On 28 and 29 October the Centre for Law Markets and Regulation hosted an Expert Symposium on Competitive Neutrality (CN) attended by Australian regulators, academics and international guests.
Associate Professor Deborah Healey welcomed the participants to the Symposium to explore this important area of competition policy in light of practice and the recommendations of the Harper Review of Competition Policy and Law in March 2015. The Symposium followed on from international research on the subject for the United Nations Committee on Trade and Development.
Professor Gary Sturgess from the Australia and New Zealand School of Government, who has written and researched broadly in this area, spoke about the original implementation and evolution of CN policy in Australia and the Harper proposals, including those for marketization of human services. Ben Dolman, the Principal Adviser of Small Business, Competition and Consumer Policy Division, and Matthew Tsikrikas, Policy Analyst, from the Australian Treasury, spoke about the implications for governments of the Harper Review. Representatives from the Australian Government Competitive Neutrality Complaints Office of the Productivity Commission, the ACCC, the Office for the Commissioner for Better Regulation (Victoria) and the Queensland Competition Authority contributed against the background of their implementation experience of current law and practice and suggested improvements which could be made in future. Rhonda Smith, from the University of Melbourne, highlighted practical problems with the existing system. Dr Rob Nicholls from UNSW Business School spoke of competitive neutrality and net neutrality issues facing the ABC.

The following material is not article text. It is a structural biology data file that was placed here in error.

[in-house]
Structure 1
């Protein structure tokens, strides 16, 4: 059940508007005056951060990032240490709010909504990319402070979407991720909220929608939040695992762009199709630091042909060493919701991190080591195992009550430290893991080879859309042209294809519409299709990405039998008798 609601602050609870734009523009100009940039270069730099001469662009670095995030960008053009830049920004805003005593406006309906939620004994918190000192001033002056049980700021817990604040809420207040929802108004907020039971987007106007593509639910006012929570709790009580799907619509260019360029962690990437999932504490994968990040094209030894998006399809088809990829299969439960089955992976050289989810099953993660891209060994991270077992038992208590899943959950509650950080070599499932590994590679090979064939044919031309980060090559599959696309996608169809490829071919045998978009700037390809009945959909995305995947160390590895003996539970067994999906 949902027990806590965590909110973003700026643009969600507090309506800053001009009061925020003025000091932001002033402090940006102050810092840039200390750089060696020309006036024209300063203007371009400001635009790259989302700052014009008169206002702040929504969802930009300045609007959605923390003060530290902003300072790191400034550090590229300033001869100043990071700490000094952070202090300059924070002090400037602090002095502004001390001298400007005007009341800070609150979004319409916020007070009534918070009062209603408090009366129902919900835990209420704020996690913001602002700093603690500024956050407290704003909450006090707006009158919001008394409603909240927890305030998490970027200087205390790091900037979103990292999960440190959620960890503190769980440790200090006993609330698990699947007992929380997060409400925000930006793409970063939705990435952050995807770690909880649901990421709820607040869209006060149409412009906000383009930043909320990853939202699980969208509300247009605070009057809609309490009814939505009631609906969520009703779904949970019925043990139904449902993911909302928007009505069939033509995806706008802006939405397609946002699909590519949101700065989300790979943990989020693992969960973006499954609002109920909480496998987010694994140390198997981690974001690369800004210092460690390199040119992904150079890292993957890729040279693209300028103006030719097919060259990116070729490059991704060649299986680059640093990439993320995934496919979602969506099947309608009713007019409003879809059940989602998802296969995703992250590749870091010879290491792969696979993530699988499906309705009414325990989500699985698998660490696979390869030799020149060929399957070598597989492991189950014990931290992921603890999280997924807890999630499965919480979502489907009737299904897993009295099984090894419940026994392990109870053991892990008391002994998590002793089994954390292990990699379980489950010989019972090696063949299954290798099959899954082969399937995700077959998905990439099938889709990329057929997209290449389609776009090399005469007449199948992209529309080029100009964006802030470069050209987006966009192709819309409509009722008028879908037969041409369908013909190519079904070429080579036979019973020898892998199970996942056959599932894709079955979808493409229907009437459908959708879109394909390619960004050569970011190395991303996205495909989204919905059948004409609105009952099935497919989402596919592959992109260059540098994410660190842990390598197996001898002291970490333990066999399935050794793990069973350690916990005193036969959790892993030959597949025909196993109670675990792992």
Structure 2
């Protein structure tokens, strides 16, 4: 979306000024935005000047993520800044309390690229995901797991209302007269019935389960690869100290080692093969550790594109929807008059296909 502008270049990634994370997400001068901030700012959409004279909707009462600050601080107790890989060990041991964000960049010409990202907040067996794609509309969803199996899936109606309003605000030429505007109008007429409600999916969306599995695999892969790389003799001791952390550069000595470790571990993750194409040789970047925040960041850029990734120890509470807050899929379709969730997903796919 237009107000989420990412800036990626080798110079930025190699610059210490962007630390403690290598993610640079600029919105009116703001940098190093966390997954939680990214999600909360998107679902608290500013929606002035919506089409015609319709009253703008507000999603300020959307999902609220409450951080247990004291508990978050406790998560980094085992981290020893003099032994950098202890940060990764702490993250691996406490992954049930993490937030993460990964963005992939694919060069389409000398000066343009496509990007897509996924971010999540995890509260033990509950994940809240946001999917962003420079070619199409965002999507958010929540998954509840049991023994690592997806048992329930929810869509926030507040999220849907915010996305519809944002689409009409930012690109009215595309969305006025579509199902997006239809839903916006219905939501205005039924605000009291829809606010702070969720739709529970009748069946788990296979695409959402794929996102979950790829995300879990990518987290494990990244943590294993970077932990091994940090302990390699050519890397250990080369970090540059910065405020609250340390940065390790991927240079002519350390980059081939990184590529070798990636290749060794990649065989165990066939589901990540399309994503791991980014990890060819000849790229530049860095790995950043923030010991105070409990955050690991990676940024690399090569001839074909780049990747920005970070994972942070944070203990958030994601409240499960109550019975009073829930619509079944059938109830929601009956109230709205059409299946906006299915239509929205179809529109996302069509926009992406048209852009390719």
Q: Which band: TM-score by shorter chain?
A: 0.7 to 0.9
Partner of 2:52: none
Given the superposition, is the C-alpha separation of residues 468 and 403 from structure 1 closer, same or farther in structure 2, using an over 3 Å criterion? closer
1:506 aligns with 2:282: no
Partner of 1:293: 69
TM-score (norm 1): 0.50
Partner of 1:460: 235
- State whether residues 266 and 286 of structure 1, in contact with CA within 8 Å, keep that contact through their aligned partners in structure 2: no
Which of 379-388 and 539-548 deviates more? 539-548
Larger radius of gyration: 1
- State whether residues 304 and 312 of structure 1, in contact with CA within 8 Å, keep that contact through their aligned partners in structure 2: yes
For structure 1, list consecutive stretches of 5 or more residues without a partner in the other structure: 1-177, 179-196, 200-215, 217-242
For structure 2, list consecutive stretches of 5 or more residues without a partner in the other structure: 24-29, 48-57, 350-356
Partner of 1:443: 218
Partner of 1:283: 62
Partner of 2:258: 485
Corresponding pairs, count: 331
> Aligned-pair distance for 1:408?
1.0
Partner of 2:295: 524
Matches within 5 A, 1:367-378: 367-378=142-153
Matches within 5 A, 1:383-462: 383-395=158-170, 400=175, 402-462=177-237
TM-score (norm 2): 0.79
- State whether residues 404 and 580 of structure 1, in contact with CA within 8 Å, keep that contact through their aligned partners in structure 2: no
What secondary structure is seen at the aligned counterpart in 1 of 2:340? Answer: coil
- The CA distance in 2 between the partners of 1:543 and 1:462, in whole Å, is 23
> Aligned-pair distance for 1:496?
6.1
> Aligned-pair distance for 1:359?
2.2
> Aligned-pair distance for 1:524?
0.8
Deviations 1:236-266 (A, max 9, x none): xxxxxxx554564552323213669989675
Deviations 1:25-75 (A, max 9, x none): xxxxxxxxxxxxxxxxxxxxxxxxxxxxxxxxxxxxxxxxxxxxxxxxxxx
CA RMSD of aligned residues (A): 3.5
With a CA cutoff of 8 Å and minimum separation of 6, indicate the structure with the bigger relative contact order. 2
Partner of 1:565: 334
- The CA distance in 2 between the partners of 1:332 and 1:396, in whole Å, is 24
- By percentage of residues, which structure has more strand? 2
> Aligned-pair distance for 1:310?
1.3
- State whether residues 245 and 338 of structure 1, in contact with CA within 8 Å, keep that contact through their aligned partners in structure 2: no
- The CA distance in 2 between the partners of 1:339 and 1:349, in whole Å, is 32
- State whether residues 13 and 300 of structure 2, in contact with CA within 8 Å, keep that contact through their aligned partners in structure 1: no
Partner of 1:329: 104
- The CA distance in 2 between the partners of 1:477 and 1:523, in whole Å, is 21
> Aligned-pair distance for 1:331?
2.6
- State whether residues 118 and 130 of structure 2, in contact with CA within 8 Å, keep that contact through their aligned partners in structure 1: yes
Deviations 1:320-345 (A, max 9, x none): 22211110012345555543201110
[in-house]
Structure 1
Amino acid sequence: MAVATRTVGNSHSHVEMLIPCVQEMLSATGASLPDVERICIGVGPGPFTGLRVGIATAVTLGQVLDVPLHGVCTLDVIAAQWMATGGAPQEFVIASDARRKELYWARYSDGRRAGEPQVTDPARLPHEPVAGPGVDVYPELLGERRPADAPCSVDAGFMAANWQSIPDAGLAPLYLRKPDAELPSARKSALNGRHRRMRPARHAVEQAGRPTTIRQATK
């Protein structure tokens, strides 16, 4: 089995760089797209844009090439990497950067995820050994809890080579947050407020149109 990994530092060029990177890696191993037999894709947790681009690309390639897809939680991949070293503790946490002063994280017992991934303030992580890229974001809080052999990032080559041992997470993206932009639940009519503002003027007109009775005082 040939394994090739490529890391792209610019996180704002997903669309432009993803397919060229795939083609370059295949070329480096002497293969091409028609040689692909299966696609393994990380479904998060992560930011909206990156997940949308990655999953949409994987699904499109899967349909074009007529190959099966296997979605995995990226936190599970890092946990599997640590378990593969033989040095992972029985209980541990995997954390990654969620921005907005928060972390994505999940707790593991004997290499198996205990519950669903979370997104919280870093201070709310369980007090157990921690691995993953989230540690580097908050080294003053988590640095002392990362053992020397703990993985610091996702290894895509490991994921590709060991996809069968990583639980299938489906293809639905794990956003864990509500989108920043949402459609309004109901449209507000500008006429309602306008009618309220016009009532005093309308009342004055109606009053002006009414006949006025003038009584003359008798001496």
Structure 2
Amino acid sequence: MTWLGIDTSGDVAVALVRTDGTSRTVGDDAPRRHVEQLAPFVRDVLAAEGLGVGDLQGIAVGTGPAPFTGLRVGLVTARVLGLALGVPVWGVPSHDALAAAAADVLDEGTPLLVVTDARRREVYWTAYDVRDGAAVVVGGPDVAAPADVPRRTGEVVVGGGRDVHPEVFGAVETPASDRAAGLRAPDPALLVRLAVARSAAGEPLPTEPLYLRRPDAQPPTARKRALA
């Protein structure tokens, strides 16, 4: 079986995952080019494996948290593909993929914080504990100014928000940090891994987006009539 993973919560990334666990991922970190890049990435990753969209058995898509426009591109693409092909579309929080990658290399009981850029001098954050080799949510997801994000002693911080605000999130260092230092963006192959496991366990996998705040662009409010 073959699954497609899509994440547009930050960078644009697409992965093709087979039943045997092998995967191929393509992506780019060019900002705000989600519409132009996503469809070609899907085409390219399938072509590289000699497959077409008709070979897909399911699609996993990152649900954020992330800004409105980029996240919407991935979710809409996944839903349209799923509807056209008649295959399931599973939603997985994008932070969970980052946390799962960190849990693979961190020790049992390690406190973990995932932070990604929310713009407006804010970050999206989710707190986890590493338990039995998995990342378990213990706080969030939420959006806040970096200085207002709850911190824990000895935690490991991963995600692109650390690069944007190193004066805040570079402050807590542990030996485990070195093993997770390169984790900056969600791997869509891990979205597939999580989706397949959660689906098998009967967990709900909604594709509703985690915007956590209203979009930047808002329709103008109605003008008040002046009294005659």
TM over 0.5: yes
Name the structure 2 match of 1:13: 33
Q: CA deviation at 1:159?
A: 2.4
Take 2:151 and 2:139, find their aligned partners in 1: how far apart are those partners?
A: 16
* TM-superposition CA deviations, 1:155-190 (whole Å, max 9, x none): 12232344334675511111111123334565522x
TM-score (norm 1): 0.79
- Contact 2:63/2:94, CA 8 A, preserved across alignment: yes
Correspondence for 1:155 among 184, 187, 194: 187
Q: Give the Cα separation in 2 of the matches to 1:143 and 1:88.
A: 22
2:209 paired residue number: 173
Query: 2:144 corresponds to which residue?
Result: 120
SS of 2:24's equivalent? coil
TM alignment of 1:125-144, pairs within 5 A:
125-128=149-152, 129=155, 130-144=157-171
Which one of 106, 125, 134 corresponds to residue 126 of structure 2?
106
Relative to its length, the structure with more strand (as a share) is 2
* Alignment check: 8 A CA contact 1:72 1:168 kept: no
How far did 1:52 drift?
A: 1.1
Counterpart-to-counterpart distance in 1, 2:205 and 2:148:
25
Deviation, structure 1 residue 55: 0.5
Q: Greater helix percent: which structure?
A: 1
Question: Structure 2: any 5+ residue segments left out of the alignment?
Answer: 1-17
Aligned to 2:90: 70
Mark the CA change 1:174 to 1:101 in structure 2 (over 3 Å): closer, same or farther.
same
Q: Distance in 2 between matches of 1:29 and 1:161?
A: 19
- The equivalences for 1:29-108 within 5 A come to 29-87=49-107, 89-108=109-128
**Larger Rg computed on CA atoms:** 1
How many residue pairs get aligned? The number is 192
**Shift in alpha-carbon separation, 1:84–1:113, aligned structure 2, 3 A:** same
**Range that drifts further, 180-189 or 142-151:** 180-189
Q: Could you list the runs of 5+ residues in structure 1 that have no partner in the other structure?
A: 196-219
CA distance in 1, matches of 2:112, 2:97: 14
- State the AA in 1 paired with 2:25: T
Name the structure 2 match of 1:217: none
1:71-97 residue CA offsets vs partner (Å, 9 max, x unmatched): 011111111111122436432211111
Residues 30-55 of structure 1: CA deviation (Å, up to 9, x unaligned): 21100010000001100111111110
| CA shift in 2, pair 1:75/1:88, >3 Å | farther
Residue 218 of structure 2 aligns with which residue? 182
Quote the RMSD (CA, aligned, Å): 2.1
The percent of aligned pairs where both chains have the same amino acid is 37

We were delighted to have Professor Shiying Xu from East China University of Politics and Law (ECUPL), Professor Xiaoye Wang of Hunan University, and a Fellow of the Chinese Academy of Social Sciences, and Dr Pinguang Ying from SUIBE who offered in depth analysis on Chinese aspects of this issue, including detailed analysis of State Owned Enterprise reform. May Cheong from UNSW Law addressed the issue from the perspective of Malaysia.
Participants agreed to continue the dialogue with a view to a publication on the topic.